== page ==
CHS Blog

Fieldwork Reflections

December 17, 2022
Briar Hunter, MSc Candidate, Laurentian University

There is something glorious in the midst of, or perhaps on account of, the unglamorous nature of field work. Entering wild spaces to seek and observe reptiles and amphibians in their natural environment is both delicate and harsh.

The glimpse of coiled scales beneath juniper boughs, soaking in dappled sunlight, causes my breath to catch. I step more carefully, quietly acknowledging the delicate balance of peace in this place. A moment later the sound of a low rattle reminds me how unforgiving nature can be to those who do not respect it.

Moments later I am struck by the gracefulness of a small turtle head making its way to air, breaking the surface yet remaining one with the water.

The distraction of yet another deerfly landing inside the brim of my hat fills my vision, taunting me with the buzz of a thousand more still swirling around my head. I focus my attention back on the turtle before me, subconsciously aware of the gentle cushion of the bog mat beneath me as I take another step forward. The moss absorbs my feet with a peppy bounce, until, too late, I realize this embrace is not as welcoming as I supposed. My feet sink deeper and faster until the bog mat seems to pull some hidden lever, removing all support, and I am plunged into the water below. Mercifully, the moss around me holds under my flailing arms, almost mocking in its support as my legs dangle without purchase. The turtle has disappeared.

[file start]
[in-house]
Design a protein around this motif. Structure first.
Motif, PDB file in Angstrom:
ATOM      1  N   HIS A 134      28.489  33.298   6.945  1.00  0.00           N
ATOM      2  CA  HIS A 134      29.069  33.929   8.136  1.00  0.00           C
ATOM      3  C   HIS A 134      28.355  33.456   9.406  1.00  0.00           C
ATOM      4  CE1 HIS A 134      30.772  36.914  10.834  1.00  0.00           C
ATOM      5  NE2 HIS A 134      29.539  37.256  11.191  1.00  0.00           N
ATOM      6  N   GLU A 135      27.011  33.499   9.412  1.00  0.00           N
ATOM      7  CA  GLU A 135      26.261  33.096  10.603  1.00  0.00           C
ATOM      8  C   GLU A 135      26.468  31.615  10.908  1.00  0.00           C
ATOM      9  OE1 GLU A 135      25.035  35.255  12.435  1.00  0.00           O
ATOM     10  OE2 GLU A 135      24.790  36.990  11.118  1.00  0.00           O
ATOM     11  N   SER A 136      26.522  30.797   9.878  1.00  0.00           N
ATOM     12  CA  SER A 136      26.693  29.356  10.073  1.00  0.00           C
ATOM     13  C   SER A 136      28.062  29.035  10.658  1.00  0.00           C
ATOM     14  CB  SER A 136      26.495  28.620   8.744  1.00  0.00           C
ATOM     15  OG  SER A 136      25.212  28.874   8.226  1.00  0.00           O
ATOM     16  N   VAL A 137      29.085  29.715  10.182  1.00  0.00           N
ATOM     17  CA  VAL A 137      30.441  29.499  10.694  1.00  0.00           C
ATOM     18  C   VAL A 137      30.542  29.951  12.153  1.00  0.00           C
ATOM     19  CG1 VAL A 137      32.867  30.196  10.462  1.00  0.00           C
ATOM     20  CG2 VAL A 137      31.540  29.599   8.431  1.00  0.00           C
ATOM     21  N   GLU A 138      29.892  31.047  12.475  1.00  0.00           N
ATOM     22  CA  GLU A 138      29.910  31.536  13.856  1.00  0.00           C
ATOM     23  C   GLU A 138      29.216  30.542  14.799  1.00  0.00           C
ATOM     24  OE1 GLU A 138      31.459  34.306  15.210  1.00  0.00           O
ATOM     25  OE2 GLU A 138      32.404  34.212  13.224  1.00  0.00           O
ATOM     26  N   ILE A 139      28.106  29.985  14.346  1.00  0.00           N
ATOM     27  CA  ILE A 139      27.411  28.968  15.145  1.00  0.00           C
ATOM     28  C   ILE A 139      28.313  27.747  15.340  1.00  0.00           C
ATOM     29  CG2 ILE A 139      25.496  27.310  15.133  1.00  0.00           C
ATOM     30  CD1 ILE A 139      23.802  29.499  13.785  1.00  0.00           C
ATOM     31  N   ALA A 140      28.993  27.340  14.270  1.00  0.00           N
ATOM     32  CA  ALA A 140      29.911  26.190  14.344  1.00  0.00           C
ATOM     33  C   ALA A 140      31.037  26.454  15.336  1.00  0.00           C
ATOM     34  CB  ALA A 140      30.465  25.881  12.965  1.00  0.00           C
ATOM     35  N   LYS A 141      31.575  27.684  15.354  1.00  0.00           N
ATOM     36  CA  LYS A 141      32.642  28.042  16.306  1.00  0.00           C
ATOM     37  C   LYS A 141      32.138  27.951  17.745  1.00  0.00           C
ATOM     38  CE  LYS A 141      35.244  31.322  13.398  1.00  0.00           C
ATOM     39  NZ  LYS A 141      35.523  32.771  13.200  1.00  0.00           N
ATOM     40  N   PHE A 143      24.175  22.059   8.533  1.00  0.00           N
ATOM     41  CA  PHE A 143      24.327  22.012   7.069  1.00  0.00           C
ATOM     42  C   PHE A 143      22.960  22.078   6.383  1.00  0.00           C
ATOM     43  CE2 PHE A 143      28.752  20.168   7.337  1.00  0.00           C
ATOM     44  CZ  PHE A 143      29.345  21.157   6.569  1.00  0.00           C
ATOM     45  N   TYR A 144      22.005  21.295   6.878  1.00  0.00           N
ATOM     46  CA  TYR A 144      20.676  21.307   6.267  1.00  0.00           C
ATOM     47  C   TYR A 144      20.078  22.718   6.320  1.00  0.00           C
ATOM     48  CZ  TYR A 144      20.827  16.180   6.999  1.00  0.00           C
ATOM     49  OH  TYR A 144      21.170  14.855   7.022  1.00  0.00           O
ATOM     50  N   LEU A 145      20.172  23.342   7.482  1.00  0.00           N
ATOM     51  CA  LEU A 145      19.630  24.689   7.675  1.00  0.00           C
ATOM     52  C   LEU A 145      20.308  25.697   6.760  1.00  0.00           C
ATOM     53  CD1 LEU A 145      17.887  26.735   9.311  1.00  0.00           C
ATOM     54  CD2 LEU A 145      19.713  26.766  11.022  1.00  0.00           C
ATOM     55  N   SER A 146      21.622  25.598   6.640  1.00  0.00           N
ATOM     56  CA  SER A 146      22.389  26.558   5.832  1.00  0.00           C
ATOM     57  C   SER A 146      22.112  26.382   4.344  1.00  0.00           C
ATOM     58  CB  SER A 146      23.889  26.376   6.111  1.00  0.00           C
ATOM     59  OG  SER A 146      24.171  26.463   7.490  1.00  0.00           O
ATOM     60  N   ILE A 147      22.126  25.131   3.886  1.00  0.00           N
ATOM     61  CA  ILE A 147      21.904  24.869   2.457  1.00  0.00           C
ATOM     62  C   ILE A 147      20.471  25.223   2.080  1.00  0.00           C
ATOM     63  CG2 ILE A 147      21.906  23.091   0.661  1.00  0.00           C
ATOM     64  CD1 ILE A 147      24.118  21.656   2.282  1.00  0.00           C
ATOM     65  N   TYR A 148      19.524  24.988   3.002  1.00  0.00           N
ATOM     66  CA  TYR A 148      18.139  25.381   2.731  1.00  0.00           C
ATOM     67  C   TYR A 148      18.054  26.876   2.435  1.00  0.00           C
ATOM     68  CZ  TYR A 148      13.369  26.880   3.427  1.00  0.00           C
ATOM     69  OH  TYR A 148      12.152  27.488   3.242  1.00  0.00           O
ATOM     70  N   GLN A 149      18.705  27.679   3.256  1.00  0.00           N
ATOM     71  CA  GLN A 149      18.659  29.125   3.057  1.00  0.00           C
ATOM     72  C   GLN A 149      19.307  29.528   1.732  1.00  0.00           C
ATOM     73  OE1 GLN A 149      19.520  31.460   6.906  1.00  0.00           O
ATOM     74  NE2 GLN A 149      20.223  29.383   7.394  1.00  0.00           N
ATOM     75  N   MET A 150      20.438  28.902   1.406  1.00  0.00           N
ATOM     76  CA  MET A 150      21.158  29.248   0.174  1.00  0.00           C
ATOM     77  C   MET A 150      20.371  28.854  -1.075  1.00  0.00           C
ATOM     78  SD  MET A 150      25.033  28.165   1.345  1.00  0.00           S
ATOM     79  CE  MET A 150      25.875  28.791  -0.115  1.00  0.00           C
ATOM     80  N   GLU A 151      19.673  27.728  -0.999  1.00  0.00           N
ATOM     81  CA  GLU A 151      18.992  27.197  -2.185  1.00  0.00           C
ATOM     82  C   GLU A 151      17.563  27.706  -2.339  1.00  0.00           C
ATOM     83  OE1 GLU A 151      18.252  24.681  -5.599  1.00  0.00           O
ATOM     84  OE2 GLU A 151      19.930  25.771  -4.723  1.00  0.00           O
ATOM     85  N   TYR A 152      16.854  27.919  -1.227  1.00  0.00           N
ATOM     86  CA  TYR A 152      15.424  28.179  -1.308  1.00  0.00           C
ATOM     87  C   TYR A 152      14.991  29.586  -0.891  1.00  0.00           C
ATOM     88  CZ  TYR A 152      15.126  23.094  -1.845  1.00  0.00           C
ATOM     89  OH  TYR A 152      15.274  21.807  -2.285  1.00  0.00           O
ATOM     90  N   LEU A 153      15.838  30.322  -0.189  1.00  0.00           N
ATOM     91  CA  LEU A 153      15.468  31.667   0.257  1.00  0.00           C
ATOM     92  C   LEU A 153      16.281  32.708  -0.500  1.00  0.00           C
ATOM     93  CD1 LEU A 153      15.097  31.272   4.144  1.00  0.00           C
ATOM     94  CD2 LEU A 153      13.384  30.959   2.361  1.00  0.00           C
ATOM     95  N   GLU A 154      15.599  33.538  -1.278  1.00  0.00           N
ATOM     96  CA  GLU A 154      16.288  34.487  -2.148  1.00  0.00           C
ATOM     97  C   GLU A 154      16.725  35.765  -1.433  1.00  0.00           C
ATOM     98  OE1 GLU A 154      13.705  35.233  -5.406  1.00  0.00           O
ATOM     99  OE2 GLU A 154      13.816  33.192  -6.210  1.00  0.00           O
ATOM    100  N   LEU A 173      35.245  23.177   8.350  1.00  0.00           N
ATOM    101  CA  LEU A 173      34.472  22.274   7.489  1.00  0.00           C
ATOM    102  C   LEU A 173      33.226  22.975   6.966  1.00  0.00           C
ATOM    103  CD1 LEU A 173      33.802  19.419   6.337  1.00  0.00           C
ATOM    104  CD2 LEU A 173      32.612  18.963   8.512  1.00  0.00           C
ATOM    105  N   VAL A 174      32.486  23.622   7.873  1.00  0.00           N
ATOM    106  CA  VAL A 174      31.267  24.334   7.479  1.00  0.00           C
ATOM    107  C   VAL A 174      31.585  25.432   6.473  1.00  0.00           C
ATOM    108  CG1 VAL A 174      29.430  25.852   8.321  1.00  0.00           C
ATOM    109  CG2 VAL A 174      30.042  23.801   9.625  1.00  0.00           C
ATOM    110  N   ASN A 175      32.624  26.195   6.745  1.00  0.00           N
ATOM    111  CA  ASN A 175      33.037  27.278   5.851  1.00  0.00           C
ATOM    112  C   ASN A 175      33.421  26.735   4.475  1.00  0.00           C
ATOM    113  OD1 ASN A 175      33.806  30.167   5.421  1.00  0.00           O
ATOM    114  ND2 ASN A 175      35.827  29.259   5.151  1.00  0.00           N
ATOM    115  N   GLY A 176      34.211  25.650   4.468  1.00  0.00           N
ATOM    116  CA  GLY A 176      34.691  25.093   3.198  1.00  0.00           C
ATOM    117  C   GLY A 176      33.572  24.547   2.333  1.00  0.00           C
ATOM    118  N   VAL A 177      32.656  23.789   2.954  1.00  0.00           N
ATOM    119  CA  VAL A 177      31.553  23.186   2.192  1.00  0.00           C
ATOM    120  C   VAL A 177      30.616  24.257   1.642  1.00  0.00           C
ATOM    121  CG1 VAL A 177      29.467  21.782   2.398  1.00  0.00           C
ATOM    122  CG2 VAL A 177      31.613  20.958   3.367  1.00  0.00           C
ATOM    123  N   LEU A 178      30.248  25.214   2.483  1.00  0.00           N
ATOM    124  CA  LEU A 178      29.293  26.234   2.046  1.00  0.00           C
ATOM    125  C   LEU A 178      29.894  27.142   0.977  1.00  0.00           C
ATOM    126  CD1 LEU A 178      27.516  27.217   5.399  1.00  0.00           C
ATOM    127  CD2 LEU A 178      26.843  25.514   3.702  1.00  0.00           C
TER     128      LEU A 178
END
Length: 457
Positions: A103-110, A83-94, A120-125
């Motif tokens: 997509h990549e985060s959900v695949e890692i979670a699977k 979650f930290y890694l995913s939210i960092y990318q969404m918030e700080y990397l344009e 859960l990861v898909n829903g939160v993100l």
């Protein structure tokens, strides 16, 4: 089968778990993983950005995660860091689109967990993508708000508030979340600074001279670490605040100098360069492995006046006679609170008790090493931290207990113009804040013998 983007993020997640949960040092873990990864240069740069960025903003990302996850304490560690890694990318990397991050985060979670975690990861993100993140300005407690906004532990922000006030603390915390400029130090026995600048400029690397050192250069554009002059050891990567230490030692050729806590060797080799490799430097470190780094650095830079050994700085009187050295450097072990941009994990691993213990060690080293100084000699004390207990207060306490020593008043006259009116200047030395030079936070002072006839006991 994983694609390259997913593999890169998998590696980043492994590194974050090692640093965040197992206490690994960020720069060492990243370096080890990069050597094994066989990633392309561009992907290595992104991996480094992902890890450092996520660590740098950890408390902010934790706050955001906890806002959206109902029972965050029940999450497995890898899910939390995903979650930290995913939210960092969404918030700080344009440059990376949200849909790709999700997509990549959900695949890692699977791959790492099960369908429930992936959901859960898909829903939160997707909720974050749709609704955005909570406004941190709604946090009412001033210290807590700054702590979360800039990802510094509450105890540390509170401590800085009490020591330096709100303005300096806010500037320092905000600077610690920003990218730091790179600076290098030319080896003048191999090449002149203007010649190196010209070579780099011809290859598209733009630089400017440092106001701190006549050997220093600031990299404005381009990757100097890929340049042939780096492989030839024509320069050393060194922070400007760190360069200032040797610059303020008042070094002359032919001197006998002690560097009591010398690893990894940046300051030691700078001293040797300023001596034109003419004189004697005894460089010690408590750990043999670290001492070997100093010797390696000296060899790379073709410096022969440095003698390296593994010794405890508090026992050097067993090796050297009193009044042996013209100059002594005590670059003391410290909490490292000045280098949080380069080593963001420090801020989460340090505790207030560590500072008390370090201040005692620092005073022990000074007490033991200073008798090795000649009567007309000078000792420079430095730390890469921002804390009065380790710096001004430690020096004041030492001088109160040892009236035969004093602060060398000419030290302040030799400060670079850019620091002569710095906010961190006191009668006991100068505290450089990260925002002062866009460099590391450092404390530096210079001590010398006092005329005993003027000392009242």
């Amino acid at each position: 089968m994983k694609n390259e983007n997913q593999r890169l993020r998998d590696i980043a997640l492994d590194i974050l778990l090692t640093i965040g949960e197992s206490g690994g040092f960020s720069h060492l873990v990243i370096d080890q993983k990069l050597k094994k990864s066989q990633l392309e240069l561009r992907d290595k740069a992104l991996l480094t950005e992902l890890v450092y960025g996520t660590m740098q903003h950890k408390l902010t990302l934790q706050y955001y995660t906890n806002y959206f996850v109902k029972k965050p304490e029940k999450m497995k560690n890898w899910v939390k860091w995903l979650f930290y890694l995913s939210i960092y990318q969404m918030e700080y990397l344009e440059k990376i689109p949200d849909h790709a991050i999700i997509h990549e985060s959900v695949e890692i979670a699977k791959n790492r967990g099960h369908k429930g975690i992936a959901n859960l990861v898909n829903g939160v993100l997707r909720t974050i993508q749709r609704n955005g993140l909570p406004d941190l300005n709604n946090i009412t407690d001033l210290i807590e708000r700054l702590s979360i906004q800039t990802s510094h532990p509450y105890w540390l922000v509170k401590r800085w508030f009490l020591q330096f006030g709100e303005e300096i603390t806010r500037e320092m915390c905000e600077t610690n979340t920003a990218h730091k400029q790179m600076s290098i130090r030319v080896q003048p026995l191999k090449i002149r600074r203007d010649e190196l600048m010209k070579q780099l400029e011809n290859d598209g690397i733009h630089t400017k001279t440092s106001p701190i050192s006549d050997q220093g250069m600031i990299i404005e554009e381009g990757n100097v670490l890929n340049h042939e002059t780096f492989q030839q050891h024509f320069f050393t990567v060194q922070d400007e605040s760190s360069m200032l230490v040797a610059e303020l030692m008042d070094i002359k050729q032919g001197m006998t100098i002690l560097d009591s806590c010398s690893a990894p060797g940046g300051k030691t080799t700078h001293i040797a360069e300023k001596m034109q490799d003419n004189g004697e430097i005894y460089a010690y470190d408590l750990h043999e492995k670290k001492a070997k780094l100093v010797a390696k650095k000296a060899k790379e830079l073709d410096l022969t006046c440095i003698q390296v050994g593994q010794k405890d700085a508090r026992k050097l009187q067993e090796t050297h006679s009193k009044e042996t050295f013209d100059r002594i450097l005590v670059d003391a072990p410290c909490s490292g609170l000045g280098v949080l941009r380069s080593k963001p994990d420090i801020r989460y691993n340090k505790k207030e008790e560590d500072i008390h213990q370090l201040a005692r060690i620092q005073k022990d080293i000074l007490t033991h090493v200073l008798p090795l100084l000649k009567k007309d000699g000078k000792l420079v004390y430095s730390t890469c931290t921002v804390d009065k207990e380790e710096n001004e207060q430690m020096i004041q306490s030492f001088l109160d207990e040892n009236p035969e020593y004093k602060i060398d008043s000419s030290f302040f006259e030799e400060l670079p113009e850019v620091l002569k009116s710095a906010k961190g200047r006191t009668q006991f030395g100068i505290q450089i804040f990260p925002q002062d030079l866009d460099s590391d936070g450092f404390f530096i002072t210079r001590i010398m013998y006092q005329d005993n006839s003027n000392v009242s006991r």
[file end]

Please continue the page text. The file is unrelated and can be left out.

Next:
Field work is both surreal and stressful.

Boat days were boat days.

The ride in was a fast and fresh way to start long days of hiking and surveying for reptiles. When it started to get cold, however, boat days became less refreshing and more freezing.

On this particular morning, however, I hardly noticed the bite of the wind on the boat ride in because I was caught up in euphoria at the beauty surrounding me. The river was still and silent, truly epitomizing the phrase “clear as glass” as it reflected everything in its grasp. The sun was rising, pushing the fog delicately away from us as we approached—like a playful game of tag. The trees on either side seemed an extension of the sunrise through their vibrant autumn colours. The towering rock barrens, like a canvas, welcomed the creative flourish of each lichen and moss spreading over their surface.

In that moment I wished I were an artist. That I could somehow capture this image and freeze it in a worthy manner. Alas I am not. I am, however, a biologist. And as a biologist I realized I have my own unique manner of experiencing and appreciating the beauty around me. Sitting on that boat I realized while gazing upon the rocks, I was naming each shrub, moss, and lichen I recognized. Inwardly calling out their Latin names, a truer identity, gave me greater scope and understanding of the magnitude of life teeming over this landscape. It was more than just a backdrop. It was a relational and intimate experience, enhanced by the knowledge that my team was on the boat with me, sharing in the moment.

It was my last morning boat ride, and it was glorious.